We’ve all been there: Relaxed, feet up, with Netflix playing on the big screen. It’s that pivotal moment in LOST where Jack plays out his dramatic “we live together or die alone” speech. Then it happens – that annoying black screen pops up —“BUFFERING” —. Whether you let loose with a few choice words, or simply sit back and patiently wait for Jack to return, it’s Frustrating with a capitol F. At some point, you check your connections and maybe even reboot your hardware in an attempt to fix the problem. All the while thinking, “My internet is soooo slow! I’ve checked everything – it’s got to be my internet provider’s problem.” — Sound familiar?
Now, I’ve been married to an Internet Technician for 15 years, so I’m not what you’d consider “green” when it comes to the internet. I can upload, stream, and ping with the best of them. So, when Jack got interrupted on my big screen, I did what anyone with my background knowledge would do: threw my hands in the air, and yelled at my husband to come fix the dang internet.
As my patient husband logged into our router, I could see a list of devices that are connected to my internet. Mind you, I don’t have a huge family, but each of my four kids have been accused of being “data junkies” by their grandparents.
So, here’s what I saw when I looked over the list of devices connected to my internet: There’s the home PC (of course), my husband’s laptop (duh), the X-Box (a.k.a. my son’s best friend), the TiVo recording a show in the family room, the blue-ray player, my daughter’s Kindle, my other daughter’s IPOD, three cell phones, and my four year old on the family tablet. Do the math – that’s ELEVEN devices connected to my internet all at the same time. WOWZA. Talk about a “Light-bulb” moment.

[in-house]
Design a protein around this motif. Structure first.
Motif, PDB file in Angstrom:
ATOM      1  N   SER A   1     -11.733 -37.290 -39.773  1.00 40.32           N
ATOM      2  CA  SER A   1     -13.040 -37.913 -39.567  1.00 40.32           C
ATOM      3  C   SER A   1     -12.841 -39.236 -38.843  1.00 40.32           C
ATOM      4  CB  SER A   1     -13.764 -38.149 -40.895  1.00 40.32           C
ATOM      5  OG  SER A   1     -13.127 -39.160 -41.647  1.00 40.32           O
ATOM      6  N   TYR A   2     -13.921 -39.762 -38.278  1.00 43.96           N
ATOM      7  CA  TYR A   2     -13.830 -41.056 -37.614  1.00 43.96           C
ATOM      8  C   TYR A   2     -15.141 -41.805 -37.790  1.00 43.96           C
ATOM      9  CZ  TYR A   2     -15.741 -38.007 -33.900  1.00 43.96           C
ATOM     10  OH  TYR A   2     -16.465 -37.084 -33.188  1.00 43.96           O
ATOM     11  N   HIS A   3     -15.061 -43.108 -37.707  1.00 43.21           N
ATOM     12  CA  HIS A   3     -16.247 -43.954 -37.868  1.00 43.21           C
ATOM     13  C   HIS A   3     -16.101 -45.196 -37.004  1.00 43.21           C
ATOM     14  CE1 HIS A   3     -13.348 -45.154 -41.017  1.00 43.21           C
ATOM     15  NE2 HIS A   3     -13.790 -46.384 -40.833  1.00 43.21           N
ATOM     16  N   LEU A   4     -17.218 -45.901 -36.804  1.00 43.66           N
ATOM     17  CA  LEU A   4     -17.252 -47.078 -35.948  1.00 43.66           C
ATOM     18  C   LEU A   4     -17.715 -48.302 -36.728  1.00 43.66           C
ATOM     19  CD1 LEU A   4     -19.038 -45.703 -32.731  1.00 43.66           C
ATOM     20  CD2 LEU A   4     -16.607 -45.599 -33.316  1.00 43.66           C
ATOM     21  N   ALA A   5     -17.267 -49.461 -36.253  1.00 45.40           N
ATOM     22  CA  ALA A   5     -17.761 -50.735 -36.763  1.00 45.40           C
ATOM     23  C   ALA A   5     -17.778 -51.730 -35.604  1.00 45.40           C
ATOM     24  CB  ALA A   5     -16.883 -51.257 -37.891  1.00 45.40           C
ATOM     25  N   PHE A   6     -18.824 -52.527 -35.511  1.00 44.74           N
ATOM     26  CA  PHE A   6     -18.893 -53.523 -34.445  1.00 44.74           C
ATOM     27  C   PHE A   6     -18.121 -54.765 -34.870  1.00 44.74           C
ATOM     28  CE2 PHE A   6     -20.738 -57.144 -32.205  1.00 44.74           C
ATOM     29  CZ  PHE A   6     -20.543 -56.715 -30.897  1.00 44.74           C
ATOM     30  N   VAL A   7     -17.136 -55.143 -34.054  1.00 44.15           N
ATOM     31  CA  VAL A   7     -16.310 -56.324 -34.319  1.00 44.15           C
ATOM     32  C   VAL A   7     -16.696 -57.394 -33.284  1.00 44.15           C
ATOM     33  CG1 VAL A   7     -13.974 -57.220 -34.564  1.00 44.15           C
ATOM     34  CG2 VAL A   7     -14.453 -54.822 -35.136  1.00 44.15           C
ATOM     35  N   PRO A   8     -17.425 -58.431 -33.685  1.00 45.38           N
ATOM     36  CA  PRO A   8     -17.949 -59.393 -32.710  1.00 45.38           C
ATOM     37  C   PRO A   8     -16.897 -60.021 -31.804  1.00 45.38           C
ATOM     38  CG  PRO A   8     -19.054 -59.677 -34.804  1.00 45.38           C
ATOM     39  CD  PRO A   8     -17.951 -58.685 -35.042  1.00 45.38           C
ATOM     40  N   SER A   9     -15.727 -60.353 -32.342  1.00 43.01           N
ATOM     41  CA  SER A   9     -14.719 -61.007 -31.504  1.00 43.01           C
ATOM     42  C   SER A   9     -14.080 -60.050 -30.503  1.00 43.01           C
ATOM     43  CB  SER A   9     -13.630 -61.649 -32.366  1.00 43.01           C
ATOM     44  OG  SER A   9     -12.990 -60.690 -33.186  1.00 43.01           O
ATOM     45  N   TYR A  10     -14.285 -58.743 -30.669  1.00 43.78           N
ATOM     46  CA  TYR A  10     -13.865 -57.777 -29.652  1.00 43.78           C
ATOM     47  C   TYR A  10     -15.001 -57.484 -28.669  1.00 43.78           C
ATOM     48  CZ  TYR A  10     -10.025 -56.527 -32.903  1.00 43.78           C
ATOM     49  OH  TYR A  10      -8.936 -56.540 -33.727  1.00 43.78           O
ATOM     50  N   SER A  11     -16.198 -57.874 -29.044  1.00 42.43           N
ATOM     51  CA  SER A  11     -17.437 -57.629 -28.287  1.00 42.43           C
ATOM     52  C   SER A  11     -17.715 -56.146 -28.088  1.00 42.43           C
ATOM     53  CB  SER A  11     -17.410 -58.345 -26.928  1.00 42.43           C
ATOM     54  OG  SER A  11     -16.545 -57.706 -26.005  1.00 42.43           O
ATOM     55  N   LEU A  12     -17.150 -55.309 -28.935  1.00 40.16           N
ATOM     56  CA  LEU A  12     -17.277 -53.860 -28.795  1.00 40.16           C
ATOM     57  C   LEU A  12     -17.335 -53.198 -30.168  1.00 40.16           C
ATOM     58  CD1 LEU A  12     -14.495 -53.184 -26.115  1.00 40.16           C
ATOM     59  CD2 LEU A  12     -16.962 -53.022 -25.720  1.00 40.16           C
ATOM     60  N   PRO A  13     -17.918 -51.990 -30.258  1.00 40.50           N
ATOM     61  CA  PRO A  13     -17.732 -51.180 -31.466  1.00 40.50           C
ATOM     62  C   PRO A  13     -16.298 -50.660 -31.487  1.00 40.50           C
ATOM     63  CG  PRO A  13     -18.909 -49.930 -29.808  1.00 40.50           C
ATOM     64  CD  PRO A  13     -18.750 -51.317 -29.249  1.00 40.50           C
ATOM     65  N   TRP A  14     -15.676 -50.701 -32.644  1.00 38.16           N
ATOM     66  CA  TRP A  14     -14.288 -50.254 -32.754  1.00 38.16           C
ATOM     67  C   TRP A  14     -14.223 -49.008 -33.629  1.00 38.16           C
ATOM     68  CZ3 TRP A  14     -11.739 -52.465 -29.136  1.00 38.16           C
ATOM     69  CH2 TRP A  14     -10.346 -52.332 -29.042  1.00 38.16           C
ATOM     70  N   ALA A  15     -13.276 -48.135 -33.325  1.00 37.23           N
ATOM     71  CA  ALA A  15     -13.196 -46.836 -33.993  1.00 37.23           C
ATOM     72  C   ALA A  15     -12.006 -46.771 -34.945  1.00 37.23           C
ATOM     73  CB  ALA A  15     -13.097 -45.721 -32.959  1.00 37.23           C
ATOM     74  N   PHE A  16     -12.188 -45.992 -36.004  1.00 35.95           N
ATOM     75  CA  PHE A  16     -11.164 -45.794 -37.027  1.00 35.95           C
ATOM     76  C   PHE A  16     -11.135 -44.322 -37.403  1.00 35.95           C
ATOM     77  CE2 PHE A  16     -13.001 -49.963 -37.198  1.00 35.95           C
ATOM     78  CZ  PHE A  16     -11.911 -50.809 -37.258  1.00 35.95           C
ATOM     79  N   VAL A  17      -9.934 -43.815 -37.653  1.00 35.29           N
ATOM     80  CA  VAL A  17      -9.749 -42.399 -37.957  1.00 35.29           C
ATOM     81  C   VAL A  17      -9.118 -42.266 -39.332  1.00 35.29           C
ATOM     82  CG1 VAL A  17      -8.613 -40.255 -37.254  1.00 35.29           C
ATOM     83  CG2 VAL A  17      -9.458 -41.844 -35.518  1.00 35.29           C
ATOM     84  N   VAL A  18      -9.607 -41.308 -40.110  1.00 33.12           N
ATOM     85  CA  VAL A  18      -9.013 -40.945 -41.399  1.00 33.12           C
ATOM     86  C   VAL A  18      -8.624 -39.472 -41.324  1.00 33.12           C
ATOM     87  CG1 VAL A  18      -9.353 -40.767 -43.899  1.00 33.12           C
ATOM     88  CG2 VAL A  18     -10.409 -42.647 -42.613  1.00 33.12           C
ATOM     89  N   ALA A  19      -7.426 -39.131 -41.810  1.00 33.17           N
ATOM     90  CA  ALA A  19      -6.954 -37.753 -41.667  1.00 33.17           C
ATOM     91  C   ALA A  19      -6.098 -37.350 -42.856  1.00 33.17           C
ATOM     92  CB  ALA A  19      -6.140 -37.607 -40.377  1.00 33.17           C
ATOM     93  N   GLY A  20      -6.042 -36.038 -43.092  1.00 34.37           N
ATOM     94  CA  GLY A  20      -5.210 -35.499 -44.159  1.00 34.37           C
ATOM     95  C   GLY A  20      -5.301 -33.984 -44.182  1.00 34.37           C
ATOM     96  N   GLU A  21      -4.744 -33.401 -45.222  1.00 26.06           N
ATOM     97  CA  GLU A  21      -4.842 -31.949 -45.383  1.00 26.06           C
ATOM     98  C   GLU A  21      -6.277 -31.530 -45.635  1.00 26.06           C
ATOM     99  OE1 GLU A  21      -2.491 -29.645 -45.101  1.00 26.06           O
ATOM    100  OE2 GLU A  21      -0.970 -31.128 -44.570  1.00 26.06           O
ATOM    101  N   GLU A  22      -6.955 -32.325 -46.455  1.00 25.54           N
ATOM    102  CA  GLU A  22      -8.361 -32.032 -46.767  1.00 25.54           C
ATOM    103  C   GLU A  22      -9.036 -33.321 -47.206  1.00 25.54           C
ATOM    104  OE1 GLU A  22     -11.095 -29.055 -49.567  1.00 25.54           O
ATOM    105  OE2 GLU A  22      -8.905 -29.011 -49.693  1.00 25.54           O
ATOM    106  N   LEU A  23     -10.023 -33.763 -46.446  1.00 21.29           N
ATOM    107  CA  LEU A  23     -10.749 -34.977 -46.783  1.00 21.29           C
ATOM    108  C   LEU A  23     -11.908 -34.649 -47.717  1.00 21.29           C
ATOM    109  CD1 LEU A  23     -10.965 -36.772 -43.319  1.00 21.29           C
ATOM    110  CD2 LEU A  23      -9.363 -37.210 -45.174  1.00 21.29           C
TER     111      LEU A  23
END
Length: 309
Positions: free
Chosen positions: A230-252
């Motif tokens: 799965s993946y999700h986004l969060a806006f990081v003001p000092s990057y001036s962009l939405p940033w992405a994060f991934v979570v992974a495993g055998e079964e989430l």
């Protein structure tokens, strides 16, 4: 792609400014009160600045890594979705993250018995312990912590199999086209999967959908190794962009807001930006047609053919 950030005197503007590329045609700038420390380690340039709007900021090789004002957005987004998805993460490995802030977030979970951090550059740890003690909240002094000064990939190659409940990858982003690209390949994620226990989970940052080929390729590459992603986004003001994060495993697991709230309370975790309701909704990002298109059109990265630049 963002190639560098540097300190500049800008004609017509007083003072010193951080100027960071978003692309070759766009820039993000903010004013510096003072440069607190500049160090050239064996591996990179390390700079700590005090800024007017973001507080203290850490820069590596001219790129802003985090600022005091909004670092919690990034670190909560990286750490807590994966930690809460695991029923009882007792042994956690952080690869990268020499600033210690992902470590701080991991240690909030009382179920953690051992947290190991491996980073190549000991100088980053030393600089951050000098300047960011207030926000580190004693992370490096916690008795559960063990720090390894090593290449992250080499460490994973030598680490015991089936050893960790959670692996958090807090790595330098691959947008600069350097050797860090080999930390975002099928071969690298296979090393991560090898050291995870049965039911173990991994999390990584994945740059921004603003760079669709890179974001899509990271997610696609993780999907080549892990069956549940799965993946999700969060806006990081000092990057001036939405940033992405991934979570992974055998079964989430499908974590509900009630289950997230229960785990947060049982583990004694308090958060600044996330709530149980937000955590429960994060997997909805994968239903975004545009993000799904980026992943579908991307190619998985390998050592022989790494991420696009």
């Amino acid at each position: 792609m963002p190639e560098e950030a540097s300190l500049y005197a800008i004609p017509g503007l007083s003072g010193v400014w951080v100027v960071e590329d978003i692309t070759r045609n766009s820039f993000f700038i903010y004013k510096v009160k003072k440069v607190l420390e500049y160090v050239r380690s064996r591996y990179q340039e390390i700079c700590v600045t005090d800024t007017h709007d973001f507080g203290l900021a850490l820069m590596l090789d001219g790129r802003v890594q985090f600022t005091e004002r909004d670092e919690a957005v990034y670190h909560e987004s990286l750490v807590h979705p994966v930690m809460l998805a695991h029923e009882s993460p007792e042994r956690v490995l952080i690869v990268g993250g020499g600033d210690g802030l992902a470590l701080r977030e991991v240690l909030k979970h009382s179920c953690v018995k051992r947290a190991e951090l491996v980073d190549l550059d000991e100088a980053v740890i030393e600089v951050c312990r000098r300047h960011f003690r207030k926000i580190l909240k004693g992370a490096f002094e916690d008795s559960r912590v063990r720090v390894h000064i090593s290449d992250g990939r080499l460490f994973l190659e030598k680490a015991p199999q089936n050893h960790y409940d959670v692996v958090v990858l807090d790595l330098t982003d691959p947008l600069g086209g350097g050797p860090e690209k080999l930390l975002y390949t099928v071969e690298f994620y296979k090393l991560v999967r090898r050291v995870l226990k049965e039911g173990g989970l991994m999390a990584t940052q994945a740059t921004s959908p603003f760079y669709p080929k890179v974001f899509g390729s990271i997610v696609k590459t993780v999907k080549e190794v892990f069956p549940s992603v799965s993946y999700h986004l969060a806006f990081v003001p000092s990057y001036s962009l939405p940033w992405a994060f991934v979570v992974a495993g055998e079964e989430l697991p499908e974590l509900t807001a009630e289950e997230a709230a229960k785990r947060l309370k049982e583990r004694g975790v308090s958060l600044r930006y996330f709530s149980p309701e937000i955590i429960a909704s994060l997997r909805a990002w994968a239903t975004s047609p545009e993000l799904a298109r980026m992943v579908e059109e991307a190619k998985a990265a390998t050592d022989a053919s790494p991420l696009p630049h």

In today’s world it seems like every device on the market has Wi-Fi capabilities. And whether you realize it or not, many of those devices are always connected, or are set to automatically connect whenever they are turned on. And here’s the bottom line: all of those devices share your internet speed. Think of it this way, if you’re like me, you’ve got to split your favorite apple pie into ELEVEN pieces. That makes for pretty small slices – and in most cases someone is going to go without. When there’s not enough pie to go around, Netflix buffers and Jack’s dramatic speech gets interrupted.
So how do you watch that LOST episode on Netflix without buffering? Well, you’ve got two options. Don’t share your pie (kick all the other family members off their devices and deal with the aftermath), or buy a bigger pie (up your internet speed so there is enough speed to share). Remember, Netflix recommends a minimum download speed of 5Mb for HD quality video https://help.netflix.com/en/node/306.
Being the super-mom I am, I opted for getting a bigger pie. I now have enough bandwidth for all my family members to share, which means I’m now watching Jack without any buffering (YAY!). Plus, my kids are happy because they still get their pie in the evenings too. It’s a good thing I can tell my router to disconnect all my kid’s devices at bedtime – so they don’t turn into “data junkies” after all. But learning to use your router’s Parental Controls? That’s a story for another day.